The few who made an attempt at lightheartedness looked out of place. The fatigue-wearing representatives of ReconTrader.com rarely ventured out of their army tent, set up in a crowded space near the elevator bank. The twenty-somethings in thick-rimmed spectacles from myTrack.com, clones of a character in a company advertisement, gesticulated wildly - to no avail.

Such attempts at attention-grabbing might have worked last year, at the height of stock market euphoria. But most exhibitors offered a more sober message of training, risk management, short-selling and loss-limiting techniques.

On two floors crammed with stalls, small audiences of mostly middle-aged men listened to sales staff with headset-microphones making subdued pitches.

"We got focused on the wrong things - the money. You need to focus on the risk," Chris Wilson of ProTrader.com told a group seated at his stall.

At the crowded booth of the Online Trading Academy, where Equity Trading Online LLC promoted its training courses, Ed Bassett exhorted his audience to be circumspect: "We're pretty pompous to think this market is always going up. You need discipline as a trader."

Among the participants, who each paid a $50 entrance fee for such trading insights, many agreed that training was a pre-requisite.

Gary Cirillo, a semi-retired art dealer contemplating trading as a part-time career, said: "I know a handful who've made money, out of many more who've lost money. You have to be dedicated to do this well. There's nothing casual about it."

But if the industry seemed to be succeeding in inculcating the need for education, matters appeared more muddled on the technology front.

Myriad trading dotcoms competed to show off their trading platforms, each trying to sell a higher execution speed and more complex trading platform than the next.

With once stellar names such as Charles Schwab and E*Trade seeing growth in accounts and trading volumes dwindle, there was a sense of heightened competition among brokers, research services and trading software providers.

Broker dealers and proprietary trading firms, which hope to benefit from any consolidation among online brokers, argued that a professional in-house trading environment offered the best success ratio for traders, as well as access to capital.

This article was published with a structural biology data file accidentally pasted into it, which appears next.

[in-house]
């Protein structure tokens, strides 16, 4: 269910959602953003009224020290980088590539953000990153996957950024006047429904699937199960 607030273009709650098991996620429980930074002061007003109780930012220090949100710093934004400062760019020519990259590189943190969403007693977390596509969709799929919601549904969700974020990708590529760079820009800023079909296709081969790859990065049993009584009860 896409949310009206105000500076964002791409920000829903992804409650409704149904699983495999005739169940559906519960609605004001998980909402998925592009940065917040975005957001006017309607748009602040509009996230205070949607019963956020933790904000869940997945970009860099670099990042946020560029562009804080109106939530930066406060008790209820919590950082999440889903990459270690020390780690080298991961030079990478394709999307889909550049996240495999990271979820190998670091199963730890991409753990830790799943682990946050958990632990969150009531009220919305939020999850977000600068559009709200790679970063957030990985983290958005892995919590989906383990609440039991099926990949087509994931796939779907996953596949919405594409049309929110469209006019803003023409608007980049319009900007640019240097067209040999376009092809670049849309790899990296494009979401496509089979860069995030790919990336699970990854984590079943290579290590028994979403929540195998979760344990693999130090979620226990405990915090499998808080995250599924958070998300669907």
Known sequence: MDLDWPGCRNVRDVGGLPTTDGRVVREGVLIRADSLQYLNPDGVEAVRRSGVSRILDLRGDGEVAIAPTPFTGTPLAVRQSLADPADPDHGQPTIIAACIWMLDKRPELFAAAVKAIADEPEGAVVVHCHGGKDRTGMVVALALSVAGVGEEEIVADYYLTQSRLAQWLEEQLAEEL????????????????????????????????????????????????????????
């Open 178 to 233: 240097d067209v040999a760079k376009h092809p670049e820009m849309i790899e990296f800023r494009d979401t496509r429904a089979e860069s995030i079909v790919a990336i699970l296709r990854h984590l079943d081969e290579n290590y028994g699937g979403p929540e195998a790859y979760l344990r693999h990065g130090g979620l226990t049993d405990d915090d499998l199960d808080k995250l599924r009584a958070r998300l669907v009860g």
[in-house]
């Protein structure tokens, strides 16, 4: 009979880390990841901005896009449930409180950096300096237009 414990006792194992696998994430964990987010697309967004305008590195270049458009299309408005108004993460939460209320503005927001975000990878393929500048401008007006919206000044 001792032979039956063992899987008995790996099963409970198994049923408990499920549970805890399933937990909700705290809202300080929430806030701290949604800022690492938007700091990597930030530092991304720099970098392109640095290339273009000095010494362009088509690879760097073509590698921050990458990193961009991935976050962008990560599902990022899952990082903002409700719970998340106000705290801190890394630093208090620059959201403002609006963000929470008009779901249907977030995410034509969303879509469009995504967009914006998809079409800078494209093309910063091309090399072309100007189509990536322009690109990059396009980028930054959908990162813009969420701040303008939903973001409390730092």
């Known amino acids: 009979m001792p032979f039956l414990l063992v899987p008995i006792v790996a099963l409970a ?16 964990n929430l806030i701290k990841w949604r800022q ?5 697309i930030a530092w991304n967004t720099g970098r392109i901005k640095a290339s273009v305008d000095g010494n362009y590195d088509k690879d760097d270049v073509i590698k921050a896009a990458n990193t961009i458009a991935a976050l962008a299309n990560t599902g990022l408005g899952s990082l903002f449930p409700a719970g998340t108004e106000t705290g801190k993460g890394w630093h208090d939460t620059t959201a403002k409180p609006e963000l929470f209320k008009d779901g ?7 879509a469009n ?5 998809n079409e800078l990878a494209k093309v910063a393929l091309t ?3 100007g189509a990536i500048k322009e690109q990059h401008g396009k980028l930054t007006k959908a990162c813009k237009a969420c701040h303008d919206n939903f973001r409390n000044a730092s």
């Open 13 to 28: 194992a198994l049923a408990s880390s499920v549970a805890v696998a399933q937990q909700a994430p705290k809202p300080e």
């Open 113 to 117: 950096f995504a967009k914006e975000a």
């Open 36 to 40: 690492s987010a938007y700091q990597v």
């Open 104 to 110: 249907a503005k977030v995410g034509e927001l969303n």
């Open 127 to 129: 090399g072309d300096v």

Nowhere was the growing gap between the experienced trader and the novice - the twin targets for the online exhibitors - more evident than near the booth of Broadway Trading LLC.

There Michael Sedek, a 24-year-old veteran trader and registered principal at Broadway Trading, talked of his training techniques for clients who pay $75,000 to open an account and trade full-time. Somewhat discouraged by the age of the crowd, he said he hoped to attract young people without the worries of a mortgage.

Brad Giaquinto, 26, of Long Island, said he felt confused by the online brokers. "Most of them seem the same and the $50 expo fee is way too steep."
markets.ft.com

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To: TFF who started this subject2/22/2001 11:15:37 PM
From: dlipsett
   of 12617
 
Terra Nova launches free platform that enables traders to take control

Chicago, IL / December 7, 2000 – Terra Nova Trading, L.L.C. (“Terra Nova”), a leading direct access broker, introduces the Terra Nova Investor Series -- a free, web-based trading platform designed for active investors who want real-time data and the power to route their own orders.

Terra Nova, in conjunction with Townsend Analytics, Ltd., developed the software to address customer demand for a simple yet powerful direct access trading platform. The Investor Series is a rich intermediate-level solution that will appeal to customers of conventional on-line brokerage firms. Through the Investor Series, active investors will view real-time prices and route their order from the same screen. Double click features permit quick order entry, adjustments and cancellations. Live order status helps customers evaluate their fills, and real-time account updates reflect current buying power. The Terra Nova Investor Series operates on the same state-of-the-art technology found in RealTickä, and it is the first web-based direct access product to integrate RealTick with Microsoft’s ActiveXâ technology. It also incorporates Archipelago’s integrated ECN book, which allows traders to view Archipelago, Island and Redibook ECN orders in real-time.